One might wish it were so. But let's remember that "equals added to equals are equal" is hypothetical:

If a = b, then a + c = b + c

By this principle, we can say that if x1/x = 1/x holds, then x must equal zero. Fine…but since x + 1/x = 1/x never actually holds, this conclusion isn't worth much.


The equation x + 1/x = 1/x probably wouldn't be worth using with students, but it has led to some interesting conversations with fellow math educators. For example, I showed the equation to a colleague, and she suggested viewing it as a statement of equality between function values, f(x) = g(x), where f(x) = x1/x and g(x) = 1/x. That way, as she noted, we could graph the functions f and g on the same set of axes and see if the two curves intersect. It's a good technique to know. Here's what the graph looks like:

The functions f and g are defined for nonzero real inputs. Our question is whether f(x) ever equals g(x) for values of x in the common domain of the two functions.

As the values of x get smaller and smaller, the two curves approach closer and closer to one another; it's as if the curves are "trying" to touch! However, the blue curve is always displaced from the red curve by some amount. (The amount is x.)

Although f(x) = g(x) never occurs, Calculus students might want to show that

limx→0 (f(x) − g(x)) = 0.

This statement makes precise the intuition that the curves are "trying to touch." It's a valid statement because calculating the limit as x → 0 never actually requires us to evaluate f(x), g(x), or f(x) − g(x) at x = 0.

By the way, I don't want to leave the impression that extraneous roots are always good approximations to f(x) = g(x). For example, consider the equation Sqrt[x] = −1, which lends itself to finding an extraneous root x = 1. In this case, there are no values of x for which the left-hand side approaches the right-hand side arbitrarily closely. 


I showed the equation to a second colleague, and she asked for a real-world situation leading to the equation—something with a context, not just an English translation "A number added to its reciprocal equals its reciprocal." Her question was really more general: how could it happen that a real-world situation leads to an equation with no solutions? So I made up this word problem, which relates in some way to the equation:

Find the dimensions of a rectangular 100-square-foot kitchen so that the perimeter is twice one of the sides.

(This situation could be represented by 2x + 200/x = 200/x which is our equation multiplied by factor of 2, or it could be represented by 200/x + 2x = 2x, another equation with no solutions.)

A nice thing about having a context is that there's a contextual reason why x can't be zero. If a kitchen has area 100 square feet, then no side of the kitchen could have zero length! (Whereas without the context, the grounds for excluding x = 0 are abstract.) The context also gives concreteness to the fundamental absurdity of the problem: since the perimeter is twice a pair of sides, it can't also be twice one of the sides, again because that would require a side of zero length.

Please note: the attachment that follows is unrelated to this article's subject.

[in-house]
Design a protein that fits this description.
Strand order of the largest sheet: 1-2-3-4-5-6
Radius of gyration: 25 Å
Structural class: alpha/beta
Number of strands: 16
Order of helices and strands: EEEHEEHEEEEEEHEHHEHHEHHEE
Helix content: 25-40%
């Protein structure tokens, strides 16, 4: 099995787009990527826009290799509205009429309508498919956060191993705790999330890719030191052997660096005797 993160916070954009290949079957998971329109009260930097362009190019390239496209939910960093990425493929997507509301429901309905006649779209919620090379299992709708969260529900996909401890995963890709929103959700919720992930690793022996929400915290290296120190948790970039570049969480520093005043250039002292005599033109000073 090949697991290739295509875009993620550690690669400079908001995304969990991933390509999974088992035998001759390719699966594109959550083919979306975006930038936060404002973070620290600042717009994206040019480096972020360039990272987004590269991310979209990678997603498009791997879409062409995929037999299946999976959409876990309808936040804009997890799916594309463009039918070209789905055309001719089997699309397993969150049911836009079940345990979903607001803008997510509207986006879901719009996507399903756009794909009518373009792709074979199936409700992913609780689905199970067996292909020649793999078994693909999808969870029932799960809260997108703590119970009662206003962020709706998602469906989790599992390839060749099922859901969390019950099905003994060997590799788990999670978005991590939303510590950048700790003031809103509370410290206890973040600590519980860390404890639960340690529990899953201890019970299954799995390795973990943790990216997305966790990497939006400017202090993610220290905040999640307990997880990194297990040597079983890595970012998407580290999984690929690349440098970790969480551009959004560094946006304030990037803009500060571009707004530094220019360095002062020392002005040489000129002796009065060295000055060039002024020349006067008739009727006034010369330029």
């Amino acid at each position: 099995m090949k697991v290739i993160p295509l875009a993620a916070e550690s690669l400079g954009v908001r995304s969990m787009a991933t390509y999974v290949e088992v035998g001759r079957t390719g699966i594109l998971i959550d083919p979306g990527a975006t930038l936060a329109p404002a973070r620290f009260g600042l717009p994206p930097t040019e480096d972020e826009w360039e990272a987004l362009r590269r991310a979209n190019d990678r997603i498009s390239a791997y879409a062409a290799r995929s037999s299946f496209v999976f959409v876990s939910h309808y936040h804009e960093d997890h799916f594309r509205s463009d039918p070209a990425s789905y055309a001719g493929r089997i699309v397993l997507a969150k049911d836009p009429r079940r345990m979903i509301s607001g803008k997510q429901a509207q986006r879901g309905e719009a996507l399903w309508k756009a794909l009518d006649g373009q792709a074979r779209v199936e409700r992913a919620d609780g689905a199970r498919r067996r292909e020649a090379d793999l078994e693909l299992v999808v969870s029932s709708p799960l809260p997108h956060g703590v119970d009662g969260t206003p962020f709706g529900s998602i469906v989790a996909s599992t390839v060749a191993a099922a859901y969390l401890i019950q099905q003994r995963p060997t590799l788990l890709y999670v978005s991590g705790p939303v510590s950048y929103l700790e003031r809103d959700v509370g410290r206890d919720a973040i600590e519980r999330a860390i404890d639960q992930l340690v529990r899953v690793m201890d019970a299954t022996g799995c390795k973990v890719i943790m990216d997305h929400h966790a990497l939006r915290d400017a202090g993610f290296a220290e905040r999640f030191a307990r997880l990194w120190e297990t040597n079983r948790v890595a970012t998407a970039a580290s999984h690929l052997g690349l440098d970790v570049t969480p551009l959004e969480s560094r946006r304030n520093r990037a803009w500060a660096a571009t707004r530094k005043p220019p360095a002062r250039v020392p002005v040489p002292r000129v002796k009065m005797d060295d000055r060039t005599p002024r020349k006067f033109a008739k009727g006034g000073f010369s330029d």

The kitchen problem asks for something impossible, and that's why the equation that represents the question has no solution. Such absurdities aren't always apparent at first. I think of the many research findings in physics, economics, or other fields, arguing that "such-and-such a thing cannot happen." Often the argument is that the thing of interest can only happen if a certain equation has solutions; yet the equation in question turns out to have no solutions. (More often the mathematics centers on an inequality, but the logic is the same in either case.)

Even more interesting are the reverse cases, in which a scientist takes seriously an "extraneous root" and thereby discovers new phenomena. A famous case of this in physics was when Dirac took seriously the negative-energy solutions that arose from his relativistic version of the Schrodinger equation (what we now refer to as the Dirac equation). After a few years of striving for understanding, Dirac proposed the existence of a new particle, the anti-electron, also known as the positron. It turned out to exist! Dirac persisted because he believed that in a beautiful cosmos, the mathematics in question was too beautiful to ignore.

James Clerk Maxwell had done something similar but even more important. When he looked hard at the equations of electromagnetism as they were known in 1865, he deduced that the equations allowed for traveling wave solutions with a speed consistent with the known value of the speed of light. Thus was born the revolutionary idea of light as an electromagnetic phenomenon. About twenty years later, Heinrich Hertz verified the existence of electromagnetic waves in the laboratory. We are lucky enough to be witnessing a similar confirming moment, thanks to the discovery in 2015 of gravitational waves, which were predicted to exist a hundred years ago by Albert Einstein on the basis of his gravitational field equations.